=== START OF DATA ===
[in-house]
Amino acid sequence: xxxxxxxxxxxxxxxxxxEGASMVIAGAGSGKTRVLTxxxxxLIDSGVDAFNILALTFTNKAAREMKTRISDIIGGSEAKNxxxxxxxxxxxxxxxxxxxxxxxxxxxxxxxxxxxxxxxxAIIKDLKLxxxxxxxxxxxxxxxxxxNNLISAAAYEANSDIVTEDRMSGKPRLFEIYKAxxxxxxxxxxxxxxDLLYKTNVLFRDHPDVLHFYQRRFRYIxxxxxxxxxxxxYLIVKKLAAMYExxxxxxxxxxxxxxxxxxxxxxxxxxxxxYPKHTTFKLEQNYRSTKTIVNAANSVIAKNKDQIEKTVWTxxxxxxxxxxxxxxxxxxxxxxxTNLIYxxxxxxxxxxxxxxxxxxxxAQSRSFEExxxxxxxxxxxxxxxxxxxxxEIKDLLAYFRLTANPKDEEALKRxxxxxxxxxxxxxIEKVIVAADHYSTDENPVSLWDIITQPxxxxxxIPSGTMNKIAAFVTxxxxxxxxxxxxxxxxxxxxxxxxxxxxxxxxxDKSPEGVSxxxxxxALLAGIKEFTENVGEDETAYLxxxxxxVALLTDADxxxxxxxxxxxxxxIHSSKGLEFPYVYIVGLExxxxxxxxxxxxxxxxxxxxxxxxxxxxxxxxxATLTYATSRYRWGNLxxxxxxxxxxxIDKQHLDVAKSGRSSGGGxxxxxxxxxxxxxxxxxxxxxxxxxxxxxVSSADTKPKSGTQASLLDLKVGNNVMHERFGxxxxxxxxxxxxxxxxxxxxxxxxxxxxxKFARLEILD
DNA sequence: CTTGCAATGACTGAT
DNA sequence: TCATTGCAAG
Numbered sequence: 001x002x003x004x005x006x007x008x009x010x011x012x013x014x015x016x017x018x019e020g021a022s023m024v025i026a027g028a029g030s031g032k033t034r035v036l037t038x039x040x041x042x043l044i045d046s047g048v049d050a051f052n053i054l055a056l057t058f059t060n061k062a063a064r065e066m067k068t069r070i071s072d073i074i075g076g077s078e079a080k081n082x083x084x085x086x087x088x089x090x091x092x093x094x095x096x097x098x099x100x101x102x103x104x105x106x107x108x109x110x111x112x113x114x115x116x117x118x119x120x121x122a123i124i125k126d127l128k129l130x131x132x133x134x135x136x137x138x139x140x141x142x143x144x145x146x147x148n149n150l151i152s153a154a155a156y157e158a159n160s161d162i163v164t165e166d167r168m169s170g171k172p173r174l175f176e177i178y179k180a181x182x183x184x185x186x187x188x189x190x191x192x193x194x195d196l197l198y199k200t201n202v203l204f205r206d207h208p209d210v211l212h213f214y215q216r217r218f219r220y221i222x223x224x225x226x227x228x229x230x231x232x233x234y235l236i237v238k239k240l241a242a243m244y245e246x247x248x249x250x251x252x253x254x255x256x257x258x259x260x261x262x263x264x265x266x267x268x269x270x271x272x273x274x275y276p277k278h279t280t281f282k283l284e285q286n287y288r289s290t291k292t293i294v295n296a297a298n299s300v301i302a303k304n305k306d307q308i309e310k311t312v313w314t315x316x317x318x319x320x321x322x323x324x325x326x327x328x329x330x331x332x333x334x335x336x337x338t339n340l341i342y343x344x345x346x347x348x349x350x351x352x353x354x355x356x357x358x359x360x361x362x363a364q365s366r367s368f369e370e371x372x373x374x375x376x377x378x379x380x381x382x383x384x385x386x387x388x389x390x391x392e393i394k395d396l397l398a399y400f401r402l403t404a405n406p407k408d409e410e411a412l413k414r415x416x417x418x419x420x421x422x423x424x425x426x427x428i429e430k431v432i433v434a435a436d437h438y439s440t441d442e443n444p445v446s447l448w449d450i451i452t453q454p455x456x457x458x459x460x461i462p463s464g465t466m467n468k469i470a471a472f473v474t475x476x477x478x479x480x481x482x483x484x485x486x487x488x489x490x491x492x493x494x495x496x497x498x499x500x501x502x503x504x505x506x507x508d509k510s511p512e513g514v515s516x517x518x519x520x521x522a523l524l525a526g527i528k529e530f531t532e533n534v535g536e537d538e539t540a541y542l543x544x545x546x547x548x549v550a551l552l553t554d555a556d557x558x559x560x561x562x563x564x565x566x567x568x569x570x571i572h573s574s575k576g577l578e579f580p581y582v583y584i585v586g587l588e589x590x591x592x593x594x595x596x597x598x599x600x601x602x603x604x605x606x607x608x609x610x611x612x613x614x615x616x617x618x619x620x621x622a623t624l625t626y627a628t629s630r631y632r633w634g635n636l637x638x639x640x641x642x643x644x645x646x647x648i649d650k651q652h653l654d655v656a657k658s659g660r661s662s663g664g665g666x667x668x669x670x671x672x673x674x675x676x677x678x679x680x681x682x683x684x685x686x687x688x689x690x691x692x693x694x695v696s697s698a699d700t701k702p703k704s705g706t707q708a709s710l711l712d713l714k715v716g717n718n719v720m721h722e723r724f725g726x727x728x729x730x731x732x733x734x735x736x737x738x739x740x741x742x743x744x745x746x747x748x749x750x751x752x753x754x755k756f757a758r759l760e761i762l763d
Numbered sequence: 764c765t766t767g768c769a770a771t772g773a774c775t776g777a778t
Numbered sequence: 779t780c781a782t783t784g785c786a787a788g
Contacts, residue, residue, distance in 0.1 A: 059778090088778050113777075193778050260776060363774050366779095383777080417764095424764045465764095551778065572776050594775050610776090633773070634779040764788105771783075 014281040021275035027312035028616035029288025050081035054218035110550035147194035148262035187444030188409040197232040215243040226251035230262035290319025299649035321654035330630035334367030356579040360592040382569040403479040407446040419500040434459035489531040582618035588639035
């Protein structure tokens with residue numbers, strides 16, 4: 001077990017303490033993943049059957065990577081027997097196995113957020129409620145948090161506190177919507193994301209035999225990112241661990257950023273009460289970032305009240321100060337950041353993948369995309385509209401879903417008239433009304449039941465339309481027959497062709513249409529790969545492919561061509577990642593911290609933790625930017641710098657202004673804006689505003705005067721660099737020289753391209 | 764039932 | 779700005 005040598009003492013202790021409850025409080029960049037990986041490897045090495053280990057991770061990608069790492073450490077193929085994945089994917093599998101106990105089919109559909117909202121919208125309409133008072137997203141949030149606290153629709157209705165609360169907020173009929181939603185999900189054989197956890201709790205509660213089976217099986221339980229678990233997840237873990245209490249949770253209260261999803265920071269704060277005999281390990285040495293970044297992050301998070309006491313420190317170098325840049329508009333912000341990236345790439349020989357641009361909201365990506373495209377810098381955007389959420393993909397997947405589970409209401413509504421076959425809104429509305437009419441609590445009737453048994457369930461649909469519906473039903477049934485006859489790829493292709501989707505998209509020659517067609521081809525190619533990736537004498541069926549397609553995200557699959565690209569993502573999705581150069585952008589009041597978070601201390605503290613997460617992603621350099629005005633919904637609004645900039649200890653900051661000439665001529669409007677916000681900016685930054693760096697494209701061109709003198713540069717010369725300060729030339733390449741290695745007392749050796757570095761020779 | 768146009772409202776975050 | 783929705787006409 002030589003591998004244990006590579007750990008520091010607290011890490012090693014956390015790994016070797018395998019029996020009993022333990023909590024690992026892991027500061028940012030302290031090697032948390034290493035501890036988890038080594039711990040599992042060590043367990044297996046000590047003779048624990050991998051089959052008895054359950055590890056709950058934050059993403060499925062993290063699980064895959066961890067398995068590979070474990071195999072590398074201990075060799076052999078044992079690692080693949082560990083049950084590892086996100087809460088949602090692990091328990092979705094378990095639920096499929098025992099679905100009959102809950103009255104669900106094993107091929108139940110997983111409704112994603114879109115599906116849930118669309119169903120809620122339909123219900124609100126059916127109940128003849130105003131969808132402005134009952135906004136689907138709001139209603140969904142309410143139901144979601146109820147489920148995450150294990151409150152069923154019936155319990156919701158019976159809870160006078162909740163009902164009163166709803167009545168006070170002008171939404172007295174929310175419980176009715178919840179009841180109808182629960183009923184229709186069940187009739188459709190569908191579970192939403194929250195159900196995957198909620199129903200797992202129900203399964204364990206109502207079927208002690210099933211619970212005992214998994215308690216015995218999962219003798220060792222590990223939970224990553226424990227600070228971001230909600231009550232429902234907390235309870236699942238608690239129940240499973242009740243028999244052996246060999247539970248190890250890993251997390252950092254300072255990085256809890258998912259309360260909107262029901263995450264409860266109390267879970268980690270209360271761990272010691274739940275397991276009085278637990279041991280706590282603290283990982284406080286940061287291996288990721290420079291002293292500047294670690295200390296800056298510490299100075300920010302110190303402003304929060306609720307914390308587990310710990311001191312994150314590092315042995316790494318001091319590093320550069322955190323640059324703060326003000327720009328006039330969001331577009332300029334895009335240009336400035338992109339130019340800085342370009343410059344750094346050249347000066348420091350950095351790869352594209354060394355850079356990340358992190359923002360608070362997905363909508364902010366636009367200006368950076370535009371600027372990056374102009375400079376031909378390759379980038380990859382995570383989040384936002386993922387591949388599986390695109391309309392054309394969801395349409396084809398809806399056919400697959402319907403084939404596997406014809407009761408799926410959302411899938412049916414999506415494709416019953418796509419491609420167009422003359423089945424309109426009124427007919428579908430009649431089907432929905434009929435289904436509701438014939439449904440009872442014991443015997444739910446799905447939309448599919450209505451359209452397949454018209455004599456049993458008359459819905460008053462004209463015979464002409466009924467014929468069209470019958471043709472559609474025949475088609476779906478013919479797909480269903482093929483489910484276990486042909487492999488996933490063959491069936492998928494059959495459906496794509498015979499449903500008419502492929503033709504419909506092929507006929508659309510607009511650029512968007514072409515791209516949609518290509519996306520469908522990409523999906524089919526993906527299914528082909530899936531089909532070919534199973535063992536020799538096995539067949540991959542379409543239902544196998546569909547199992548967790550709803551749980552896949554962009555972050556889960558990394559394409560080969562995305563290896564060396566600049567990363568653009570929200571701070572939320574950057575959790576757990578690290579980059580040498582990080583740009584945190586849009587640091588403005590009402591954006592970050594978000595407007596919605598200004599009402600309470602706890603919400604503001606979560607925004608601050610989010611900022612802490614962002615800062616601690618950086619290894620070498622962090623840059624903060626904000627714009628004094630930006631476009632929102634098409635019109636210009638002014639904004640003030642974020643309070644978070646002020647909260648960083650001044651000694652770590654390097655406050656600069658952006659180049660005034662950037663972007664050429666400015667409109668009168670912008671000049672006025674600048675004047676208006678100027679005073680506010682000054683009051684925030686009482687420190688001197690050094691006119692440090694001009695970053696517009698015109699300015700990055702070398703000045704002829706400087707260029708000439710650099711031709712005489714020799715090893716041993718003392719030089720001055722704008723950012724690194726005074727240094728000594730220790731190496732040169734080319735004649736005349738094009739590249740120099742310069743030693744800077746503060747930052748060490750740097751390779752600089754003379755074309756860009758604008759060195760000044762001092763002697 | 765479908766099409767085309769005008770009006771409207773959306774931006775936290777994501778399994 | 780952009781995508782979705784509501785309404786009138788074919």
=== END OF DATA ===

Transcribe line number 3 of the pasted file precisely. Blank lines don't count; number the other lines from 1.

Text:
DNA sequence: CTTGCAATGACTGAT